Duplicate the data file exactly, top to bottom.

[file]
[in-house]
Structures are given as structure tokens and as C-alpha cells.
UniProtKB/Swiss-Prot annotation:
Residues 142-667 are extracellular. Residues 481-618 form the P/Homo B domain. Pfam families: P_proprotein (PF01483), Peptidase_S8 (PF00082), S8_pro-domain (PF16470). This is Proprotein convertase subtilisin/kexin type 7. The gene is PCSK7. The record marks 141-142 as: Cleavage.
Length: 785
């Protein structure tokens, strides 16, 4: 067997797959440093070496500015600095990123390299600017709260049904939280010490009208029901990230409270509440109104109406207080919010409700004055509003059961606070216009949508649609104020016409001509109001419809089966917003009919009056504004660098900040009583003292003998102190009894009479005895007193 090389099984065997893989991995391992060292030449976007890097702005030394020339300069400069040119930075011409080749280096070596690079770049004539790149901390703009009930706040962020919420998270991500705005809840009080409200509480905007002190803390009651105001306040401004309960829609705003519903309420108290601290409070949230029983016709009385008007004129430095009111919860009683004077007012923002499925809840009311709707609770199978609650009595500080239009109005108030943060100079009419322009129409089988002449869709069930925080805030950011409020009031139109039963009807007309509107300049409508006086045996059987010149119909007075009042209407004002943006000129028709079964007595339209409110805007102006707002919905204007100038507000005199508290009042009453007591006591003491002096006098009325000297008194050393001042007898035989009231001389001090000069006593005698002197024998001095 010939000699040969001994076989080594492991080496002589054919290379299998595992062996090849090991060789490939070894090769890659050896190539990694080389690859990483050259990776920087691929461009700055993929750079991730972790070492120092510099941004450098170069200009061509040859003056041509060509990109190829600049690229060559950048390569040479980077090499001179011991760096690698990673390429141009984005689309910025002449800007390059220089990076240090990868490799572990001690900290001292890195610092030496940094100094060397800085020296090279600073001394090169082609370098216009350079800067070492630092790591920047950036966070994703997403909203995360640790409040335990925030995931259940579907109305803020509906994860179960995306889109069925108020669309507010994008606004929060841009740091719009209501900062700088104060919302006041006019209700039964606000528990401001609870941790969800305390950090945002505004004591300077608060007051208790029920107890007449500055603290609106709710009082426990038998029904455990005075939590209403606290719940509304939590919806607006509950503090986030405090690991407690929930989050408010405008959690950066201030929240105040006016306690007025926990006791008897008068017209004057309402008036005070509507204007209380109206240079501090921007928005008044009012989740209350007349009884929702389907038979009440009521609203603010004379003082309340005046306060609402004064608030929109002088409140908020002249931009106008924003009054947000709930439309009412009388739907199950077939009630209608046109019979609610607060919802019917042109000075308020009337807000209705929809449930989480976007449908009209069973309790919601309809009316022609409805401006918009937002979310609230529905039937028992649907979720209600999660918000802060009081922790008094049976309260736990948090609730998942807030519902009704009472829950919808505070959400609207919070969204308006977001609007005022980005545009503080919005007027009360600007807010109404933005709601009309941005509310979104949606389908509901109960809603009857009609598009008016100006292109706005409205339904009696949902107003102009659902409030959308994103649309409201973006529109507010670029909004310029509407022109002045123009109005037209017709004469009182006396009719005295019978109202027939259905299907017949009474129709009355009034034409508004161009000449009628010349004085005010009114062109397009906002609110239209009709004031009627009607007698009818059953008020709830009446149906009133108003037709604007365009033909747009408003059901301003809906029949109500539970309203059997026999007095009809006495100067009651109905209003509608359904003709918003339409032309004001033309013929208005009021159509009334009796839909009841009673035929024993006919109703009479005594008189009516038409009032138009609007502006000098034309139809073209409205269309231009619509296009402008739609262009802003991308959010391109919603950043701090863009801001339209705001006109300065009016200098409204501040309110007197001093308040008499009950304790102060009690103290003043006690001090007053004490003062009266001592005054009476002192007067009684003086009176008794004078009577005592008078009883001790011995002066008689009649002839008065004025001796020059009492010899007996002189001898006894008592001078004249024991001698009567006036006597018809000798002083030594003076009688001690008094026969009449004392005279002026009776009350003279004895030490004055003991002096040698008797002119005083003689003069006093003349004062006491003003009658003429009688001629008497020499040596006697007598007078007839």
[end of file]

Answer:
[in-house]
Structures are given as structure tokens and as C-alpha cells.
UniProtKB/Swiss-Prot annotation:
Residues 142-667 are extracellular. Residues 481-618 form the P/Homo B domain. Pfam families: P_proprotein (PF01483), Peptidase_S8 (PF00082), S8_pro-domain (PF16470). This is Proprotein convertase subtilisin/kexin type 7. The gene is PCSK7. The record marks 141-142 as: Cleavage.
Length: 785
């Protein structure tokens, strides 16, 4: 067997797959440093070496500015600095990123390299600017709260049904939280010490009208029901990230409270509440109104109406207080919010409700004055509003059961606070216009949508649609104020016409001509109001419809089966917003009919009056504004660098900040009583003292003998102190009894009479005895007193 090389099984065997893989991995391992060292030449976007890097702005030394020339300069400069040119930075011409080749280096070596690079770049004539790149901390703009009930706040962020919420998270991500705005809840009080409200509480905007002190803390009651105001306040401004309960829609705003519903309420108290601290409070949230029983016709009385008007004129430095009111919860009683004077007012923002499925809840009311709707609770199978609650009595500080239009109005108030943060100079009419322009129409089988002449869709069930925080805030950011409020009031139109039963009807007309509107300049409508006086045996059987010149119909007075009042209407004002943006000129028709079964007595339209409110805007102006707002919905204007100038507000005199508290009042009453007591006591003491002096006098009325000297008194050393001042007898035989009231001389001090000069006593005698002197024998001095 010939000699040969001994076989080594492991080496002589054919290379299998595992062996090849090991060789490939070894090769890659050896190539990694080389690859990483050259990776920087691929461009700055993929750079991730972790070492120092510099941004450098170069200009061509040859003056041509060509990109190829600049690229060559950048390569040479980077090499001179011991760096690698990673390429141009984005689309910025002449800007390059220089990076240090990868490799572990001690900290001292890195610092030496940094100094060397800085020296090279600073001394090169082609370098216009350079800067070492630092790591920047950036966070994703997403909203995360640790409040335990925030995931259940579907109305803020509906994860179960995306889109069925108020669309507010994008606004929060841009740091719009209501900062700088104060919302006041006019209700039964606000528990401001609870941790969800305390950090945002505004004591300077608060007051208790029920107890007449500055603290609106709710009082426990038998029904455990005075939590209403606290719940509304939590919806607006509950503090986030405090690991407690929930989050408010405008959690950066201030929240105040006016306690007025926990006791008897008068017209004057309402008036005070509507204007209380109206240079501090921007928005008044009012989740209350007349009884929702389907038979009440009521609203603010004379003082309340005046306060609402004064608030929109002088409140908020002249931009106008924003009054947000709930439309009412009388739907199950077939009630209608046109019979609610607060919802019917042109000075308020009337807000209705929809449930989480976007449908009209069973309790919601309809009316022609409805401006918009937002979310609230529905039937028992649907979720209600999660918000802060009081922790008094049976309260736990948090609730998942807030519902009704009472829950919808505070959400609207919070969204308006977001609007005022980005545009503080919005007027009360600007807010109404933005709601009309941005509310979104949606389908509901109960809603009857009609598009008016100006292109706005409205339904009696949902107003102009659902409030959308994103649309409201973006529109507010670029909004310029509407022109002045123009109005037209017709004469009182006396009719005295019978109202027939259905299907017949009474129709009355009034034409508004161009000449009628010349004085005010009114062109397009906002609110239209009709004031009627009607007698009818059953008020709830009446149906009133108003037709604007365009033909747009408003059901301003809906029949109500539970309203059997026999007095009809006495100067009651109905209003509608359904003709918003339409032309004001033309013929208005009021159509009334009796839909009841009673035929024993006919109703009479005594008189009516038409009032138009609007502006000098034309139809073209409205269309231009619509296009402008739609262009802003991308959010391109919603950043701090863009801001339209705001006109300065009016200098409204501040309110007197001093308040008499009950304790102060009690103290003043006690001090007053004490003062009266001592005054009476002192007067009684003086009176008794004078009577005592008078009883001790011995002066008689009649002839008065004025001796020059009492010899007996002189001898006894008592001078004249024991001698009567006036006597018809000798002083030594003076009688001690008094026969009449004392005279002026009776009350003279004895030490004055003991002096040698008797002119005083003689003069006093003349004062006491003003009658003429009688001629008497020499040596006697007598007078007839």